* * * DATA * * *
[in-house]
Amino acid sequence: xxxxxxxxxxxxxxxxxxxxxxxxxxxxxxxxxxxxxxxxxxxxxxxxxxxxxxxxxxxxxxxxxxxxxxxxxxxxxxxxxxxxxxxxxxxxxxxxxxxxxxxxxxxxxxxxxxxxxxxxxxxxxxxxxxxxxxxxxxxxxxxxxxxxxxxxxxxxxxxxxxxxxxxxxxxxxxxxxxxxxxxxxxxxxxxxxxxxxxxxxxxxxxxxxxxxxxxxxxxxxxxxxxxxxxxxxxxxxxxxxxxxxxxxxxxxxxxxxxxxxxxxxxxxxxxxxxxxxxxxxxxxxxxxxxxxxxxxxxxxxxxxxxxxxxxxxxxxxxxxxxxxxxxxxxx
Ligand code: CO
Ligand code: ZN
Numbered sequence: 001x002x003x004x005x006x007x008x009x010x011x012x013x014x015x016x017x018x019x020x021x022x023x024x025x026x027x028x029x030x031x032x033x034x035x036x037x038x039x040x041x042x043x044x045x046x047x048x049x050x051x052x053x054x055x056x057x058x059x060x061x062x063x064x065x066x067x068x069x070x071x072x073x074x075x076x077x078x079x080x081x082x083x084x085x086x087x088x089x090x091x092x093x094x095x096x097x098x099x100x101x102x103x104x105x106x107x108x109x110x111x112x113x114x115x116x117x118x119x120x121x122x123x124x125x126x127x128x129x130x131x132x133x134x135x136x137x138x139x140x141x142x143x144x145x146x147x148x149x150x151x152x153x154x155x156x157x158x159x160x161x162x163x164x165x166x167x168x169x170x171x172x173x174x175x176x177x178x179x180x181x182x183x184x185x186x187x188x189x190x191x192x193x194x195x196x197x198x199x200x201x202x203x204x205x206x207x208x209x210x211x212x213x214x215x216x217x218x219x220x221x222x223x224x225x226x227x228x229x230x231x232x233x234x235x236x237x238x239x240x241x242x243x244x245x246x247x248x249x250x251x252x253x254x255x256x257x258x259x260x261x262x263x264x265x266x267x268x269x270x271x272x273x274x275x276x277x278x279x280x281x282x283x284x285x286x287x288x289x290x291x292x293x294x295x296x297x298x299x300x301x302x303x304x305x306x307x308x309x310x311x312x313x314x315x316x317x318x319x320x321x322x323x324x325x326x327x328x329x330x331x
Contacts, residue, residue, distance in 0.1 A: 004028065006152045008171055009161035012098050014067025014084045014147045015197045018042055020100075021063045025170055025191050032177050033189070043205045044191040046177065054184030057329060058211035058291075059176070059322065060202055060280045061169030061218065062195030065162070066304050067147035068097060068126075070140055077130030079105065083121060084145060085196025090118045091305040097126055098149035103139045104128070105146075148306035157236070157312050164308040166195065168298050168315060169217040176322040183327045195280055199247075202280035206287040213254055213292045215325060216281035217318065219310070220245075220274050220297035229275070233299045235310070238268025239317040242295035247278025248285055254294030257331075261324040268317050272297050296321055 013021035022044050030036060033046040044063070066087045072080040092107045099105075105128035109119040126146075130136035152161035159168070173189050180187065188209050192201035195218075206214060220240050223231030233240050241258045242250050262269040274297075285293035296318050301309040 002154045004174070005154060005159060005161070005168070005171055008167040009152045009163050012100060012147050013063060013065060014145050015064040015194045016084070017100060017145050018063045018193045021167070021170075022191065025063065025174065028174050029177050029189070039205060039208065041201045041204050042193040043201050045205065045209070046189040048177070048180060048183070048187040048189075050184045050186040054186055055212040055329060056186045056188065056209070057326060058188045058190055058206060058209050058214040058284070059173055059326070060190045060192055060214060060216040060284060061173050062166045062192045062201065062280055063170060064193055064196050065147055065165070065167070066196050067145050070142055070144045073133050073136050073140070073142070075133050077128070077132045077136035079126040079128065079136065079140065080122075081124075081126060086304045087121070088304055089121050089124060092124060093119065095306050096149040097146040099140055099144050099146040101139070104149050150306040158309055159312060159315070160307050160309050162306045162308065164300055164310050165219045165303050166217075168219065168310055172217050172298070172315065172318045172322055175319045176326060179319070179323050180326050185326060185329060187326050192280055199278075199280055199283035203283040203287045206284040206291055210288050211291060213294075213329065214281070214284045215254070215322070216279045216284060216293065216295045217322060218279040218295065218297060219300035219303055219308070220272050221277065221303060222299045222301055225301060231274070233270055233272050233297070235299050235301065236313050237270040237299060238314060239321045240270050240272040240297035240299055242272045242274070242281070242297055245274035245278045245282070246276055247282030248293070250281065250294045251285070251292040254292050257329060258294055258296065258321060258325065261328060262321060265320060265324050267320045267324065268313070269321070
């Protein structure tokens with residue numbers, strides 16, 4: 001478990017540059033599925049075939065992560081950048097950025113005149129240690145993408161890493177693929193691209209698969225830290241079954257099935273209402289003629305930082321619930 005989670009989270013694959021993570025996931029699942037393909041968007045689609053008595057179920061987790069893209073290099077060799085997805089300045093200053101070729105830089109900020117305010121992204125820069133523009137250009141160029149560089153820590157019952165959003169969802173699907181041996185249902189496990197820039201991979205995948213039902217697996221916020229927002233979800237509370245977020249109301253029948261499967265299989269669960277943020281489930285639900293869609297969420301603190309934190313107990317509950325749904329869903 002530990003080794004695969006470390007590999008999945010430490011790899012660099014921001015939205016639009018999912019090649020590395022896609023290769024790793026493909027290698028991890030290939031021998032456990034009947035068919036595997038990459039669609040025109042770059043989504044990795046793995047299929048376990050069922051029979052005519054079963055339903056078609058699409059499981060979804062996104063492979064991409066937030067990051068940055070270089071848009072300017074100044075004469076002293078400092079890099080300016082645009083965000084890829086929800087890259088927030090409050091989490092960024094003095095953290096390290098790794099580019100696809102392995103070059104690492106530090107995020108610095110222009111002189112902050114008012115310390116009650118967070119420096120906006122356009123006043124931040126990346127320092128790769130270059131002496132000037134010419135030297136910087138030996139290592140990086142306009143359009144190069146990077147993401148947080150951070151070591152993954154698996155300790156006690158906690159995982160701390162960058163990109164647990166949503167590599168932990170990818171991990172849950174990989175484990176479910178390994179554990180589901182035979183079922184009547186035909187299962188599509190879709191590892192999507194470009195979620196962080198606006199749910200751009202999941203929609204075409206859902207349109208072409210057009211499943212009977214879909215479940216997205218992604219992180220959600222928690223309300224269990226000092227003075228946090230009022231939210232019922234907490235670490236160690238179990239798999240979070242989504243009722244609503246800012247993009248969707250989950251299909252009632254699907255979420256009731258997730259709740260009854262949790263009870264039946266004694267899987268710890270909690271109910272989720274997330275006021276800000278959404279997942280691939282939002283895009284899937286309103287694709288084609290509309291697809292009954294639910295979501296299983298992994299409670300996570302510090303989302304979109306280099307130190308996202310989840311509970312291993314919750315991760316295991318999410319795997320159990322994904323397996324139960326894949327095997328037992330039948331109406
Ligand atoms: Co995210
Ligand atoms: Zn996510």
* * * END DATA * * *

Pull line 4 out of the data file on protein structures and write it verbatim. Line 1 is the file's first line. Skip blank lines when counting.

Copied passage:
Ligand code: ZN